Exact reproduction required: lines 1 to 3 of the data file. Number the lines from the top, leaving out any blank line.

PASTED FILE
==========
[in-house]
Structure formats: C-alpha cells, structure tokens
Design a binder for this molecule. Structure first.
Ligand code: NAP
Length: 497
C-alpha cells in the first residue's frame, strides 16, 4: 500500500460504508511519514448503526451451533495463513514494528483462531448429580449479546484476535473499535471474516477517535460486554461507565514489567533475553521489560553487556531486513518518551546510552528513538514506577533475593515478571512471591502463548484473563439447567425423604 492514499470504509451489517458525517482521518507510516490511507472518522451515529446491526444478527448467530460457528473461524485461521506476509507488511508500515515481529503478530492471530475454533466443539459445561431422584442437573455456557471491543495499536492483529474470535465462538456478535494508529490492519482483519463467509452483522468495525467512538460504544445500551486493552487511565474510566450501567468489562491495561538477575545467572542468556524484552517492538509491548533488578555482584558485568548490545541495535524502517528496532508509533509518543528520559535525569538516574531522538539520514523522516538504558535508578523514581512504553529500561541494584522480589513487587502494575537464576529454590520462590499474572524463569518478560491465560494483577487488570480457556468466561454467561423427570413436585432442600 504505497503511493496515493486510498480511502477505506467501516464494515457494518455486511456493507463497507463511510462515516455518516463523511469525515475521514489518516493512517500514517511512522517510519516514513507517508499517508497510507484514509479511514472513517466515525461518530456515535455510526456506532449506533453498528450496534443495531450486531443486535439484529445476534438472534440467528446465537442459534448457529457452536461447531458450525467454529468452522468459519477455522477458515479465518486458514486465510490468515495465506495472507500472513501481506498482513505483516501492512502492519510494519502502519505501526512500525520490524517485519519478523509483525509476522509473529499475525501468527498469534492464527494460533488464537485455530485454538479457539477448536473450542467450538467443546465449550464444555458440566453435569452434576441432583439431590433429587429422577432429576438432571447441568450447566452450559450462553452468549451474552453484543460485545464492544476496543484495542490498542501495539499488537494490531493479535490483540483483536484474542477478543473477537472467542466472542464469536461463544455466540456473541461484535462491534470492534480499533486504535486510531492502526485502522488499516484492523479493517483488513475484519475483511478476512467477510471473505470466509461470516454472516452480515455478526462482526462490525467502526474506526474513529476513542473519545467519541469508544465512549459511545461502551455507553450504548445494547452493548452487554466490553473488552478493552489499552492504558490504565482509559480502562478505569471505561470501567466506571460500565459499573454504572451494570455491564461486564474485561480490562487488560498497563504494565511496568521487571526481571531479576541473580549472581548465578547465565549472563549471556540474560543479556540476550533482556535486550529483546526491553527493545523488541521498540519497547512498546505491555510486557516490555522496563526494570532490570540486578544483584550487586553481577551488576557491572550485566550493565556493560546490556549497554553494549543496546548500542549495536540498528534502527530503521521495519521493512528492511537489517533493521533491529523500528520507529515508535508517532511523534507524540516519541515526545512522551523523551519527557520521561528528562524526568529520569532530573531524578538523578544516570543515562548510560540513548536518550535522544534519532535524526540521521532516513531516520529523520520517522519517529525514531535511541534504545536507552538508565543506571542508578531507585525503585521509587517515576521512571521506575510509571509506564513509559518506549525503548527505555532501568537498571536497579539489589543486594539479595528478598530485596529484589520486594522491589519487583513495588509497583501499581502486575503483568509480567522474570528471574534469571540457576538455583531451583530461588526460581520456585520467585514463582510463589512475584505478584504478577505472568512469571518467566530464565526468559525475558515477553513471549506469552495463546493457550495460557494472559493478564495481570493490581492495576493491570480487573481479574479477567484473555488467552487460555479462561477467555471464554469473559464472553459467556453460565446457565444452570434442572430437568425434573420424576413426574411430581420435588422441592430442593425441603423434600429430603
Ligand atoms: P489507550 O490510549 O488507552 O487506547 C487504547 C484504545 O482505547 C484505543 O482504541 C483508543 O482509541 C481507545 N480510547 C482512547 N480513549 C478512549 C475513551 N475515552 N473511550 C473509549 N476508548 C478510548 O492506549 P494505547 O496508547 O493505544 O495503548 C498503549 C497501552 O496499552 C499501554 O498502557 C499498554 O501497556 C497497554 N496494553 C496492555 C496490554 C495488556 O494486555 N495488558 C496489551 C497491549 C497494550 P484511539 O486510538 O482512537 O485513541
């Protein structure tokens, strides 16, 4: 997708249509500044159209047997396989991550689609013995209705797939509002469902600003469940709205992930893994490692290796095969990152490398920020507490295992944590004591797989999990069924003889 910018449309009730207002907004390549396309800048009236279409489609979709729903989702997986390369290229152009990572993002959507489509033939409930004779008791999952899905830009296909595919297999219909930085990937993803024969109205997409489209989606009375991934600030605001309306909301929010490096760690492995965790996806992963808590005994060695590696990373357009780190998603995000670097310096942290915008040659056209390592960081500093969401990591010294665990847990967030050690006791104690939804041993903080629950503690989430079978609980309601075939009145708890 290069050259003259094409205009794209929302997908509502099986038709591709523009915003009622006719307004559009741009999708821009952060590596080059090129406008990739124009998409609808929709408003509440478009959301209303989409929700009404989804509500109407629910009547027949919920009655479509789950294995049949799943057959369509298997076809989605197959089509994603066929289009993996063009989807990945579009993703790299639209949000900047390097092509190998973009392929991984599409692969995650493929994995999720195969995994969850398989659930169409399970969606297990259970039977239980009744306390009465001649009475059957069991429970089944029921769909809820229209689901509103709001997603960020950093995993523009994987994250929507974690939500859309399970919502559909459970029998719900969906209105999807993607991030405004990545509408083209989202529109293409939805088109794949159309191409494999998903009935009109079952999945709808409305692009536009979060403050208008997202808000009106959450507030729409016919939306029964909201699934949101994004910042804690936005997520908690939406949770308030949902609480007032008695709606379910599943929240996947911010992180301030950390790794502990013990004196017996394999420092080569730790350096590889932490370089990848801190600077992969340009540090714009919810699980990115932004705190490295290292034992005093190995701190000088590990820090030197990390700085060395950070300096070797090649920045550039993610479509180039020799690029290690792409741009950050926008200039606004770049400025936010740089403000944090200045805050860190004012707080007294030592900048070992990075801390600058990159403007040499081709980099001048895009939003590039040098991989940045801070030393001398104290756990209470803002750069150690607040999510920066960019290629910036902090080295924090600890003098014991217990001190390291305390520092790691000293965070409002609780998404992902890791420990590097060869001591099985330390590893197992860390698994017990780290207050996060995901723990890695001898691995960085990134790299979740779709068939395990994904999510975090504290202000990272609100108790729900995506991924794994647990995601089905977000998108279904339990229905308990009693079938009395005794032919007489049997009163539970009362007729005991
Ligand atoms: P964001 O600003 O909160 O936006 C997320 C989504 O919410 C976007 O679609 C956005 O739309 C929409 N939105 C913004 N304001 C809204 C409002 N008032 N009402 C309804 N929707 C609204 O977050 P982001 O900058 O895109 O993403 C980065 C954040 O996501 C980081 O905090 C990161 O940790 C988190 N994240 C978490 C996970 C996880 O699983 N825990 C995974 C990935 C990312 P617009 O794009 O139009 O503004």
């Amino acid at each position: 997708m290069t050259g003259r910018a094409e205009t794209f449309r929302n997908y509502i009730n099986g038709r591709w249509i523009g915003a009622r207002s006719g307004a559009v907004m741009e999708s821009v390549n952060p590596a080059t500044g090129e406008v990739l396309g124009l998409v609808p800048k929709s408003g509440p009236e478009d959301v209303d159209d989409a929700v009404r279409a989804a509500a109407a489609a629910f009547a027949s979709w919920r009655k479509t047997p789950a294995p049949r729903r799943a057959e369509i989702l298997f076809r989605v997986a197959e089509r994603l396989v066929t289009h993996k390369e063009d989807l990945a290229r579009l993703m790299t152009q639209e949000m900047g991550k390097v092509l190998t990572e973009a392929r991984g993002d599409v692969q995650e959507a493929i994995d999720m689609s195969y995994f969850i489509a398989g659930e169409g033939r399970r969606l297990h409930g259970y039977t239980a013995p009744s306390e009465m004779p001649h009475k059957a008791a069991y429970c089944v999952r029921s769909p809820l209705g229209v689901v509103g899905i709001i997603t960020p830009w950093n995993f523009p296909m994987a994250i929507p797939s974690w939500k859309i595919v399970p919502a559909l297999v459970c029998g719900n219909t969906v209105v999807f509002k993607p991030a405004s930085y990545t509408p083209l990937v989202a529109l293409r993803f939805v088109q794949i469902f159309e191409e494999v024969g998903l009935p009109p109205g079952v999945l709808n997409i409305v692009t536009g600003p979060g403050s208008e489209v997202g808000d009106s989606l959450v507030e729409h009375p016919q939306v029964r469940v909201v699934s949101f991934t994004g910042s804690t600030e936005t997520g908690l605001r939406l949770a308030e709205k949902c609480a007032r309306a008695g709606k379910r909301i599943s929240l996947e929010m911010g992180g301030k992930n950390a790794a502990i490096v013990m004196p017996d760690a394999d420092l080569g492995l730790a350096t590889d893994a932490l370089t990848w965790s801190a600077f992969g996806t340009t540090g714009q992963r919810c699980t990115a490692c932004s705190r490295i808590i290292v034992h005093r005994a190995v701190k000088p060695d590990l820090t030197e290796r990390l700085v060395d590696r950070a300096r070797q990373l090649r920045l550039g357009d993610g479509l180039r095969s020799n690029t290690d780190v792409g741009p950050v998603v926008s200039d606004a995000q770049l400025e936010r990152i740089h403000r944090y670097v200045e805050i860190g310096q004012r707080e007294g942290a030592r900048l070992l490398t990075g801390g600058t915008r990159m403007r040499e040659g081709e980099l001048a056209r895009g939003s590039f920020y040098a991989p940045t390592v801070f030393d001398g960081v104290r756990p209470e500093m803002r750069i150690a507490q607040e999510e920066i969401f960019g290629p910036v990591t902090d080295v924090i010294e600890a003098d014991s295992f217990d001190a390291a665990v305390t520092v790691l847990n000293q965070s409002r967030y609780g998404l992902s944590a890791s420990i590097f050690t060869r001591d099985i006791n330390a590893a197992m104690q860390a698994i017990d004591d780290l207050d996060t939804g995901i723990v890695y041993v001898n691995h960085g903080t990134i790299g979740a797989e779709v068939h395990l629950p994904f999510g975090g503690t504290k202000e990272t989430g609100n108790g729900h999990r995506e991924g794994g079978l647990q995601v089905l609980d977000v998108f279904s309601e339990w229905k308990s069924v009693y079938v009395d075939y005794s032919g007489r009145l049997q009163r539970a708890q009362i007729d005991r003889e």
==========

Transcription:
[in-house]
Structure formats: C-alpha cells, structure tokens
Design a binder for this molecule. Structure first.